First, let me state my congratulations to the three reporter-type people for the Chicago Sun-Times who took that newspaper’s first Pulitzer Prize in 22 years.
Their work documenting the details of a particularly violent weekend in Chicago (some 40 people shot, but none of the cases turning into a conviction in criminal court) offers up an understanding of a segment of our city that too many of us try to pretend doesn’t exist at all.
SO FOR THE fact that the Sun-Times will get professional credit for helping us to better understand our city, they deserve some credit. I only hope that people don’t take their Pulitzer for “Local News Reporting” doesn’t go to their heads.
Because I could see how some people would want to claim that this is evidence that the Sun-Times has managed to maintain a high quality despite all their budget cuts – as though all the resources (which even in their old days were few) of the past were somehow just wasted money.
The Sun-Times is a scrawny newspaper compared to the past that often fills its pages with copy taken from the suburban newspapers that their parent company also owns. Even many of those publications are mere shells of what they were a couple of decades ago (back when I graduated from college and began earning a living as a reporter-type person).
I look at the fact that three reporters for the Sun-Times can now claim to be Pulitzer Prize winners (while the Chicago Tribune got nothing this year, although there’s an odd story there too) as coming about despite the economic nonsense that has taken place at their newspaper – and at many other publications.
AND IT IS a half-way decent report worth reading even now, nearly a year after it was originally published.
The Tribune has endured just as many problems as the Sun-Times, although they have had their bankruptcy travails reported on at a national level.
So I can’t help but think that the Sun-Times Pulitzer prize somehow smarts at Tribune Tower – combined with the fact that the Los Angeles Times managed to take two Pulitzer prizes (including the one for public service reporting that is considered to be the most prominent).
The Tribune managed to get themselves named as a finalist for breaking news reporting, along with the Tennessean of Nashville and the Miami Herald (combined with its el Nuevo Herald Spanish language edition). But the bigwigs assembled by Columbia University to select the awards decided to pick no winner in that category.
SO WE’LL NEVER know if the Tribune’s accounts of the deaths of two Chicago firefighters who were killed while searching for squatters in an abandoned burning building were somehow worthy, or if the Haiti earthquake coverage coming from the Miami newspapers was somehow superior.
It will be one of those points debated by shrinking numbers of reporter-types over drinks for years to come.
Which is why the Tribune, not wanting to give the Sun-Times too much glory, chose the tactic of all newspapers that want to appear to be serious but didn’t win anything of their own to brag about.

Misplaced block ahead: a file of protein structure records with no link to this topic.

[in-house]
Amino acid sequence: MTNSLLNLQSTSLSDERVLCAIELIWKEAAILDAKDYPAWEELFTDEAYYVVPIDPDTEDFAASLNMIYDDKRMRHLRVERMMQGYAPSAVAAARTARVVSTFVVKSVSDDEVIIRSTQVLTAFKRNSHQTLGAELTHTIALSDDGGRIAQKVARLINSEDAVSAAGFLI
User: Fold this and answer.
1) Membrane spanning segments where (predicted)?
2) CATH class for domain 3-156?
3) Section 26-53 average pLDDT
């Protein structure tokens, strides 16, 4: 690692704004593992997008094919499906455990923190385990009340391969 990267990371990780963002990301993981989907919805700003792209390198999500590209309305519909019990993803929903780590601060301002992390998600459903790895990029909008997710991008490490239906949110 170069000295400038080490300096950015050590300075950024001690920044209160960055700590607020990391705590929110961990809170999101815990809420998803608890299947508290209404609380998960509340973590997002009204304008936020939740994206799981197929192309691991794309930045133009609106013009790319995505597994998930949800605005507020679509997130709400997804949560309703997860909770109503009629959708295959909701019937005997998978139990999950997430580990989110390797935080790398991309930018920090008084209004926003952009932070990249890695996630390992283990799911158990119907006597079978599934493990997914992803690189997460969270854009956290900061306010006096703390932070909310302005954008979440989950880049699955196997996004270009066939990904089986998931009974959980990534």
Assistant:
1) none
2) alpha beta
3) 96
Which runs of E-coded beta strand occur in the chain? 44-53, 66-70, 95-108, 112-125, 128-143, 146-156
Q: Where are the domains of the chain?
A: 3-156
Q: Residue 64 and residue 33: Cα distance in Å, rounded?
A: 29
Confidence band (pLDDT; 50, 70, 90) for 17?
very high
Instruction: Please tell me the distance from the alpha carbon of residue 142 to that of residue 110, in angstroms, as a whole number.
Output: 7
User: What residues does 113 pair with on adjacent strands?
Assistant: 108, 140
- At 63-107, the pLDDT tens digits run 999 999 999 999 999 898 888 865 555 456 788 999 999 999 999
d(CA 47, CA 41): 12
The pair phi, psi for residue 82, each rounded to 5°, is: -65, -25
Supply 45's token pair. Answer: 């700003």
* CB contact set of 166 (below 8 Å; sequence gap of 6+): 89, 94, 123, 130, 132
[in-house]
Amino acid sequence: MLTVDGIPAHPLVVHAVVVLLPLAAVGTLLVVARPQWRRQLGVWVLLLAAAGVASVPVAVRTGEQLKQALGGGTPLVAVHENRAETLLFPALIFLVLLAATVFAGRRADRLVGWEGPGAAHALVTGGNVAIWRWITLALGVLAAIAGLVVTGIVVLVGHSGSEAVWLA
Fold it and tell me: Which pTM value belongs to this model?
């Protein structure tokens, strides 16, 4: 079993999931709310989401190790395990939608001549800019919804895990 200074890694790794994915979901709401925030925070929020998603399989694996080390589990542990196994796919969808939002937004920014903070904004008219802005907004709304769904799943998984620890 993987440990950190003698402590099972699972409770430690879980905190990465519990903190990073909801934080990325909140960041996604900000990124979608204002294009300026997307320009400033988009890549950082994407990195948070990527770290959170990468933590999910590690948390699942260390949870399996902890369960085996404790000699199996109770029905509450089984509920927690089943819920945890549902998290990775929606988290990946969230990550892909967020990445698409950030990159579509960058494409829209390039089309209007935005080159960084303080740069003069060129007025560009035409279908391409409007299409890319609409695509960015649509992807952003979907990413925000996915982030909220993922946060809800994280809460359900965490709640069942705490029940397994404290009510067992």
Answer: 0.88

The Tribune put together a story on Monday telling us of the Pulitzer prizes for various categories in the arts – and found that some of them were won by people with ties to Chicago.
SUCH AS THE prize for drama won by Bruce Norris. He’s a Northwestern University graduate and he has ties to the Steppenwolf Theatre. In fact, his Pulitzer-winning play “Clybourne Park,” is set in Chicago – although he chose to have it staged in New York and London before it will finally come to the Steppenwolf later this year.
The Tribune even informed us about how the Pulitzer winner for fiction was won by Chicago-born author Jennifer Egan.
In some ways, such coverage might be more honest and in line with what readers might care about. Letting us know about the winners of a top prize in the arts can be informative, while too much of Pulitzer Prize coverage evolves into a mess of self-congratulatory tripe.
Of course, that fact won’t stop me from my running joke whenever I write a particularly dreadful or convoluted piece of copy (telling whichever editor is relevant that I expect to get my Pulitzer for this piece).
WHO KNOWS? MAYBE there will be the day when the Pulitzer prizes will expand themselves to the point where various publications on the Internet will be in the running (rather than the limited categories that exist now). Maybe someday I’ll write a series of commentaries on this weblog that can qualify for the Pulitzer Prize either for “commentary” or “criticism.”
Then, maybe, I’ll be the one engaging in self-indulgent tripe about the prize, while others try to downplay it. At the very least, it would look good hanging on the wall next to my "Lisagor" award.
Ah, who’s kidding whom? Hinting that I’m going to win the Pulitzer someday makes me sound like those loons who seriously think the Chicago Cubs are going to win the pennant anytime soon.